Growing Broccoli

Brassica sp. : Brassicaceae / the mustard or cabbage family

Jan F M A M J J A S O N Dec
  S                    
      T                
    P P                

(Best months for growing Broccoli in USA - Zone 5a regions)

  • S = Plant undercover in seed trays
  • T = Plant out (transplant) seedlings
  • P = Sow seed
  • Easy to grow. Grow in seed trays, and plant out in 4-6 weeks. Sow seed at a depth approximately three times the diameter of the seed. Best planted at soil temperatures between 7°C and 30°C. (Show °F/in)
  • Space plants: 35 - 50 cm apart
  • Harvest in 10-16 weeks. Cut flowerhead off with a knife..
  • Compatible with (can grow beside): Dwarf (bush) beans, beets, celery, cucumber, onions, marigold, nasturtium, rhubarb, aromatic herbs (sage, dill, chamomile, oregano)
  • Avoid growing close to: Climbing (pole) beans, tomato, peppers (chilli, capsicum), eggplant (aubergine), strawberry, mustard

Your comments and tips

15 Feb 21, Wayne (Australia - temperate climate)
Can I plant broccoli in the same bed as tomatoes after I have removed the used tomato plants. Also my Broccoli grew big and leafy but the fruit itself bolted and flowered immediately???? They were very well watered and a mild summer here?
16 Feb 21, Anonymous (Australia - temperate climate)
You can grow anything after anything as long as you prepare the soil well for the next crop. People talk about crop rotation, it doesn't have to happen that way, It grew big and leafy because you over fertilised. It probably bolted and flowered because you were growing it into hotter weather. It says here you can plant Sept to Nov. Depending on you temperatures I wouldn't be planting that time of the year unless you have quite cool weather into Xmas. General rule you plant winter harvesting crops late summer early autumn and summer harvesting crops after the cool/cold winter.
05 Jan 21, Mark (USA - Zone 9b climate)
What is a good varietall of broccoli for zone 9b?
06 Jan 21, (USA - Zone 4b climate)
Go to a seed selling website and look at different broccoli. Most broccoli will grow in a variety of climates. Each climate will have a preferred planting time.
31 Aug 20, Jimmy (Australia - sub-tropical climate)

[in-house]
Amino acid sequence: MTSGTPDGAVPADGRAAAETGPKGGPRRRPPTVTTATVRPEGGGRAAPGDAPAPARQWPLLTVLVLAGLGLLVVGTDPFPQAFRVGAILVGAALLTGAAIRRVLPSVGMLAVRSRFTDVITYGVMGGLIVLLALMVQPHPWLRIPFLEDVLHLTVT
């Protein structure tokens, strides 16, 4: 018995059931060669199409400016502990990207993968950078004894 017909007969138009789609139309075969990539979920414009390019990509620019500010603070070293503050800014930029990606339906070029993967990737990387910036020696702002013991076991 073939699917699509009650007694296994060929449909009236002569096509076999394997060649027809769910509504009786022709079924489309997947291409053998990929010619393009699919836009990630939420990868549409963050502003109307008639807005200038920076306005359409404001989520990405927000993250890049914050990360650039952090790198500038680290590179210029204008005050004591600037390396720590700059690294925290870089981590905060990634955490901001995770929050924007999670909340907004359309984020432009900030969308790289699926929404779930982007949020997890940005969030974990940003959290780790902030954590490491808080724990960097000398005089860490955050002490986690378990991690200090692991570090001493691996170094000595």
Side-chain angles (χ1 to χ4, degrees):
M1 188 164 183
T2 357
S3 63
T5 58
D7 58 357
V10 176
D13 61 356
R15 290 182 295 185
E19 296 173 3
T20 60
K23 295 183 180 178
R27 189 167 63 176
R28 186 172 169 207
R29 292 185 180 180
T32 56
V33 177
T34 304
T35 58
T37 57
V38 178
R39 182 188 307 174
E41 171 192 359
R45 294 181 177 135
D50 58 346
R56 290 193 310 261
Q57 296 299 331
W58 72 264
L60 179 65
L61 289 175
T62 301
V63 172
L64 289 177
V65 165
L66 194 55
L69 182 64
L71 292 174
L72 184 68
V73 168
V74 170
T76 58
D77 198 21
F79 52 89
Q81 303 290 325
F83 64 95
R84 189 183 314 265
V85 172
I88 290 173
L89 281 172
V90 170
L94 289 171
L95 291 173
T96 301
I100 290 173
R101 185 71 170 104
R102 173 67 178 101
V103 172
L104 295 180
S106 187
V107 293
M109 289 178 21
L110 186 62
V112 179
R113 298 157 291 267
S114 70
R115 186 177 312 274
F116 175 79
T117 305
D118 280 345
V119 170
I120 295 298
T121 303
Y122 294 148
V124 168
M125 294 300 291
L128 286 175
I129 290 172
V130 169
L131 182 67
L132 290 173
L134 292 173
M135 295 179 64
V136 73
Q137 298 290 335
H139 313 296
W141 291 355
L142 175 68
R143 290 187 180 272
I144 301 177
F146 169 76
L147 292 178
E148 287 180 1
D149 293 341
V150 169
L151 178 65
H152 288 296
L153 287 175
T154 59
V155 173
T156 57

I had 5 purple broccoli plants planted in April from seedlings that have grown really well but have failed to develop any heads at all. What went wrong?
31 Aug 20, Anonymous (Australia - sub-tropical climate)
If really big leafy plants then your soil was too rich in Nitrogen.
17 Aug 20, ashley shepherd (New Zealand - temperate climate)
my seedlings keep getting ruined, they start to grow then fall over/out with no roots left. I dug around and looks like grass grubs in my beds how do I rid my garden bed of these?
20 Feb 21, Jay (New Zealand - cool/mountain climate)
Perhaps they are still too small - transplant shock ? try letting them grow larger maybe and soak the furrow first not the plant after till established.
19 Aug 20, Anonymous (New Zealand - temperate climate)
Ring an agricultural supply company and ask to talk to an agronomists. Would probably be some grub or worm in the soil. I have never had the problem in 40 years.
06 Aug 20, Anthony Ryan (Australia - temperate climate)
My broccoli plants have finished producing main flower heads some side shoots are still growing though. Once they finish producing flower buds do you pull out the plant or cut or trim it so it will regrow next winter. I have heard both broccoli and cauliflowers are biennial if so what should I do for my cauliflowers also. Any help would be greatly appreciated
Showing 11 - 20 of 306 comments

Perhaps they are still too small - transplant shock ? try letting them grow larger maybe and soak the furrow first not the plant after till established.

- Jay

Please provide your email address if you are hoping for a reply


All comments are reviewed before displaying on the site, so your posting will not appear immediately

Gardenate App

Put Gardenate in your pocket. Get our app for iPhone, iPad or Android to add your own plants and record your plantings and harvests

Planting Reminders

Join our 60,000+ gardeners who already use Gardenate and subscribe to the free Gardenate planting reminders email newsletter.


Home | Vegetables and herbs to plant | Climate zones | About Gardenate | Contact us | Privacy Policy

This planting guide is a general reference intended for home gardeners. We recommend that you take into account your local conditions in making planting decisions. Gardenate is not a farming or commercial advisory service. For specific advice, please contact your local plant suppliers, gardening groups, or agricultural department. The information on this site is presented in good faith, but we take no responsibility as to the accuracy of the information provided.
We cannot help if you are overrun by giant slugs.